Yesterday, Microsoft released the Windows 10 October 2018 Update, completely skipping over the Release Preview ring of the Windows Insider Program. That means that build 17763 was confirmed as RTM, and the window was closing for users to remove their machines from the Insider Program without doing a factory reset.
Microsoft closed that window in record time, as you had exactly 20 hours to do so with the firm releasing Windows 10 build 18252 to the Fast ring today. If you don't take your PC off of the Insider Program now, you'll have to do a clean installation to roll back to build 17763.
Today's build is a preview of the next feature update to Windows 10, codenamed 19H1. While it's been in testing for Skip Ahead Insiders for some time, this is the first time it's arrived in the Fast ring.
Fast ring Insiders really haven't missed any major new features, and there aren't any arriving today. There are some minor new features though:
Enhanced settings for Ethernet: We’ve heard your feedback, and you can now use the Settings app to configure advanced Ethernet IP settings. We have added support for configuring a static IP address as well as setting a preferred DNS server. These settings were previously accessed within Control Panel, but you will now find them on the connection properties page under IP settings.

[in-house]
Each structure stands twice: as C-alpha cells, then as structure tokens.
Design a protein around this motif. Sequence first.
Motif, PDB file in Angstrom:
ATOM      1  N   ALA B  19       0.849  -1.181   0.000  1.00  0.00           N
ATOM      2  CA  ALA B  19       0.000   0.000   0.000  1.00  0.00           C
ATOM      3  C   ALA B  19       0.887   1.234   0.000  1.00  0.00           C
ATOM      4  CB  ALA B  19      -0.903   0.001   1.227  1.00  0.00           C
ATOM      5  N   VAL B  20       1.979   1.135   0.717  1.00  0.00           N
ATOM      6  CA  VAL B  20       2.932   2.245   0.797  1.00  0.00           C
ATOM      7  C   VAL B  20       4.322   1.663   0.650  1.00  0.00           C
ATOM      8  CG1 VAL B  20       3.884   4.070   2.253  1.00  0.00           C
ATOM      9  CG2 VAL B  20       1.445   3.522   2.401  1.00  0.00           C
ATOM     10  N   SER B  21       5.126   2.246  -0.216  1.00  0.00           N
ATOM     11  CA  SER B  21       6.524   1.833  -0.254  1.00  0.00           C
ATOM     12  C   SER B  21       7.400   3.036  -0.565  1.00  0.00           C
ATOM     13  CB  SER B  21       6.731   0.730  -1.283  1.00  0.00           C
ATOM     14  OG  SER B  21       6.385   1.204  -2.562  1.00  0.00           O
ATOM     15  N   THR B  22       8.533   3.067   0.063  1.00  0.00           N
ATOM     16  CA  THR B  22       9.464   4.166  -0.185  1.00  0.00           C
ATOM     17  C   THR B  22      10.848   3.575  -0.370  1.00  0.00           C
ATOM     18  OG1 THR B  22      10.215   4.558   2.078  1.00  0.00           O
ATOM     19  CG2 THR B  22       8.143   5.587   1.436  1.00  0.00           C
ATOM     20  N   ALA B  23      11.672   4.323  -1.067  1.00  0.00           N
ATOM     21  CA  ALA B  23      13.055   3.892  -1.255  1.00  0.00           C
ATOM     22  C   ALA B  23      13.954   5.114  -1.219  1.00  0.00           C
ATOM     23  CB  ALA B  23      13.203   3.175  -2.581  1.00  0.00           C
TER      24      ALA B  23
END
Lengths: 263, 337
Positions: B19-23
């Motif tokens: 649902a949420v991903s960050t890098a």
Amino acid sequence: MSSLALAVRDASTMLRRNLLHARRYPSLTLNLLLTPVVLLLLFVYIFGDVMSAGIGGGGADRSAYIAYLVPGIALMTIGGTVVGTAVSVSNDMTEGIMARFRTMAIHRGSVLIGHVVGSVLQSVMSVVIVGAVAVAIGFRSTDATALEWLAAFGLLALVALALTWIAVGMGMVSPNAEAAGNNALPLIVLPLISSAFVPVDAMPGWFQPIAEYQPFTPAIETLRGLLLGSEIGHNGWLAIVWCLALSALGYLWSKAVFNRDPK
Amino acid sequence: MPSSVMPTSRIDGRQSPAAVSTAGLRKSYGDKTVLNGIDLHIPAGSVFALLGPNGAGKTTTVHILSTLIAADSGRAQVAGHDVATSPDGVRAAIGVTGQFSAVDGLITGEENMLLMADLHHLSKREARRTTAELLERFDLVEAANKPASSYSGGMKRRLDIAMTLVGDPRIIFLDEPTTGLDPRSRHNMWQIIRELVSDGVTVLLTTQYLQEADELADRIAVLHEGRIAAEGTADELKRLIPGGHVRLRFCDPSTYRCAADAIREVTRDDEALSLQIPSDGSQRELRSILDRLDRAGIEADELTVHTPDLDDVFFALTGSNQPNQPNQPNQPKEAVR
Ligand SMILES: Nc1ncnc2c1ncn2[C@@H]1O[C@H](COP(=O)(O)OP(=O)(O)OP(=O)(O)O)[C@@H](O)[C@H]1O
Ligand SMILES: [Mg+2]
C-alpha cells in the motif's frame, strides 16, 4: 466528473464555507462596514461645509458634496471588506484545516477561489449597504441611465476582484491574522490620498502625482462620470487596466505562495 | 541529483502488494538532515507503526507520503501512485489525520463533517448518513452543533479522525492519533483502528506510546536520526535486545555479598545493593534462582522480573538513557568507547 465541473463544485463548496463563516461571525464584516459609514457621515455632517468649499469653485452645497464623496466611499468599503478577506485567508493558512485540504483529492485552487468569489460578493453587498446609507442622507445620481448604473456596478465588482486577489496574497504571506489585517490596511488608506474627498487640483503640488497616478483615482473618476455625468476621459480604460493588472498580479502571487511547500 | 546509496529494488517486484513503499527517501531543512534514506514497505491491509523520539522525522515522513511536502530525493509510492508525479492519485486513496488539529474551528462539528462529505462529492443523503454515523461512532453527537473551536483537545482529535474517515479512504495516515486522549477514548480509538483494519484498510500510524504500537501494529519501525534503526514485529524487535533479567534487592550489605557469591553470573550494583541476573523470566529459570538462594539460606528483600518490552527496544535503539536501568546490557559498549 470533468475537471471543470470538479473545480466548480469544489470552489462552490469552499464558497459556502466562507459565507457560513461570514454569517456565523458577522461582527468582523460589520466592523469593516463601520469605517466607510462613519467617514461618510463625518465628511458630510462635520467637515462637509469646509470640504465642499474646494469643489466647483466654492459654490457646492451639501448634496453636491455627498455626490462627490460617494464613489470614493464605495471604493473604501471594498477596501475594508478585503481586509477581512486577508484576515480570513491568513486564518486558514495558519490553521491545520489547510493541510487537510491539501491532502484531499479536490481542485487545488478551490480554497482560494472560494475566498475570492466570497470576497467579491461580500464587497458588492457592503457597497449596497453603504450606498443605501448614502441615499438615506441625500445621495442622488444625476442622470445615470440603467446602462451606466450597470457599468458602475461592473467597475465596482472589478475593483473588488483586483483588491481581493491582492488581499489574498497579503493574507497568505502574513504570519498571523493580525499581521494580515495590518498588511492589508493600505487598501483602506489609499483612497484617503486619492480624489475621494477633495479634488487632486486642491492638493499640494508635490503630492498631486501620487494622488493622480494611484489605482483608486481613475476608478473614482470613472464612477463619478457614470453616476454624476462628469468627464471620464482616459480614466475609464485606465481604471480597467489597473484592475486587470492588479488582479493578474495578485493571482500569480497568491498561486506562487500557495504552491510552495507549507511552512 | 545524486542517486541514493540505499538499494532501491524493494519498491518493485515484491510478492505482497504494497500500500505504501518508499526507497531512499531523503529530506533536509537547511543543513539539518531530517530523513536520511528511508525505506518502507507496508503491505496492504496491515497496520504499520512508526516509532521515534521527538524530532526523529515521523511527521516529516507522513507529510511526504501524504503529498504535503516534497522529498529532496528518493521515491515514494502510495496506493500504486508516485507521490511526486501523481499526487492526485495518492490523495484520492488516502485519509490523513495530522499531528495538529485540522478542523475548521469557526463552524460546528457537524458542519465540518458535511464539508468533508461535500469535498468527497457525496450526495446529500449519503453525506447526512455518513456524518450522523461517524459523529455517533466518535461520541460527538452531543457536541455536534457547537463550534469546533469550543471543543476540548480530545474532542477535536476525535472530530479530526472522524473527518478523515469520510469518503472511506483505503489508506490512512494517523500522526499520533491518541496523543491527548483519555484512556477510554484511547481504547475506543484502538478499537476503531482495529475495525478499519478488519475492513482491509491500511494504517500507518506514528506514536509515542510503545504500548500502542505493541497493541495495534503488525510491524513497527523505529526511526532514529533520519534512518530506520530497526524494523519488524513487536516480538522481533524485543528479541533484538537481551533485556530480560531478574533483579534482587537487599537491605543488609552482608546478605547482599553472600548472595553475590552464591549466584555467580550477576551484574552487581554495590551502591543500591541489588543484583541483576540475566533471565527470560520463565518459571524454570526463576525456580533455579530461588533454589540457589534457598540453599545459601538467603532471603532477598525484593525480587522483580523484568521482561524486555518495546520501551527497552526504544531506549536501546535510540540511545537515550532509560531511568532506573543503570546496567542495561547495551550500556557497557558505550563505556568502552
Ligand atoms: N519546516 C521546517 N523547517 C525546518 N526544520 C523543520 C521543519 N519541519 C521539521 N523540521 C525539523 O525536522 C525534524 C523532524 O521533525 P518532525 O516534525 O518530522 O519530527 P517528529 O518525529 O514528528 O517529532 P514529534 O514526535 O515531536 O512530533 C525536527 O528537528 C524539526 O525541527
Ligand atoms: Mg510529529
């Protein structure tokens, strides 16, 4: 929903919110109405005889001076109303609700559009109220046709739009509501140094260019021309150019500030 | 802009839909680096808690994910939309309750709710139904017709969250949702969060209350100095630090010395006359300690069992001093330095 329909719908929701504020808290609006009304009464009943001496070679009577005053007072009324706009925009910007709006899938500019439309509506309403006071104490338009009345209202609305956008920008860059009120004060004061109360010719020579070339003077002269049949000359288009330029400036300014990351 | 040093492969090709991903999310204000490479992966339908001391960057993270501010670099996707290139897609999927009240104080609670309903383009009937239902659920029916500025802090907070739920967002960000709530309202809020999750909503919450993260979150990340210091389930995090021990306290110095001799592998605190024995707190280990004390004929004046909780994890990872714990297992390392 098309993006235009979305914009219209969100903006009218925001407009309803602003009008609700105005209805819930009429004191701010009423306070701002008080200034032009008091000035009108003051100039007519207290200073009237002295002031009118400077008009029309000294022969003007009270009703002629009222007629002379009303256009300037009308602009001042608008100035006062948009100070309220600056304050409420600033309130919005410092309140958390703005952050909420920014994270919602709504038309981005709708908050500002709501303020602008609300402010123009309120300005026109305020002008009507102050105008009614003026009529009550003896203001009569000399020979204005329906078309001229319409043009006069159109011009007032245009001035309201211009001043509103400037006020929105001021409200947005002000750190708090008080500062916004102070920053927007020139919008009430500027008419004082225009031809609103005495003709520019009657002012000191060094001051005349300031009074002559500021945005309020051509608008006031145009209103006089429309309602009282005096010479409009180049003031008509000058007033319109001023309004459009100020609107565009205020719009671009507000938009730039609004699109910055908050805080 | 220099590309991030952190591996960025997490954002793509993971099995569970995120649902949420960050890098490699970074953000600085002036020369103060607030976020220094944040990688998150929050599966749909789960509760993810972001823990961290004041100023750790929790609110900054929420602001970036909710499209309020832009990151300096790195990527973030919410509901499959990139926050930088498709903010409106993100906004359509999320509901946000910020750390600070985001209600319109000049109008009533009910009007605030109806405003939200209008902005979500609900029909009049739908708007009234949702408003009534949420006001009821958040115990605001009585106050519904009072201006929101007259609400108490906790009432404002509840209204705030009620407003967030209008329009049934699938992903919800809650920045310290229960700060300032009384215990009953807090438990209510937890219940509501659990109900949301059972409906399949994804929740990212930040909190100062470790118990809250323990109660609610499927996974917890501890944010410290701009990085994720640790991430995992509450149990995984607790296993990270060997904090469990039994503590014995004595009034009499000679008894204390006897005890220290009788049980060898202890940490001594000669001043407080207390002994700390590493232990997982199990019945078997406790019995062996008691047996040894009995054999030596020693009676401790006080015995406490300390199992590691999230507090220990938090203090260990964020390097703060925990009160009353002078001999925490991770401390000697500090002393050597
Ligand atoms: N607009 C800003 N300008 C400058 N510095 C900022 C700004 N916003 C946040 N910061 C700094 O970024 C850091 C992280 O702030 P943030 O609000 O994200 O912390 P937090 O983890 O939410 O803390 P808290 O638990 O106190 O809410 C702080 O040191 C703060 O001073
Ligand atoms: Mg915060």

New icon for disconnected internet: First seen on Always Connected PCs, as some keen eye’d Insiders noticed, we have brought the disconnected internet icon to all devices running Windows 10. This single icon appears when there is no internet connection detected, and replaces the individual disconnected icons for Cellular, Wi-Fi, and Ethernet. This new icon should help you quickly identify network problems so that you can take action to resolve them.
Ebrima font addition with ADLaM support
The Windows team is pleased to announce you can now read your ADLaM documents and webpages with the Windows Ebrima font!
ADLaMis a writing system for Pular/Fulfulde, the language of the Fulani people, predominantly residing in west Africa. In the early 1990s, two young teenager brothers, Abdoulaye and Ibrahima Barry, created this writing system. Their work became “Bindi Pulaar” and eventually “ADLaM,” ADLaM is enabling literacy and growing in use for commerce, education, and publishing across western Africa. It was added to Unicode in Unicode 9.0.
The Ebrima font also supports other African writings systems N’ko, Tifinagh, Vai and Osmanya – here’s a sample of what the font looks like:
Microsoft did say that if you don't want the 19H1 builds that are bound to be buggy at first, you might want to switch your PC to the Slow ring. If Redstone 5 was any indication, you'll have months before 19H1 shows up in the Slow ring, and Release Preview wouldn't get it until launch day.
If you do choose to go the Fast ring route, Microsoft is rewarding you with a badge in the Feedback Hub, and you can use the hashtag 'builds4badges' on social media.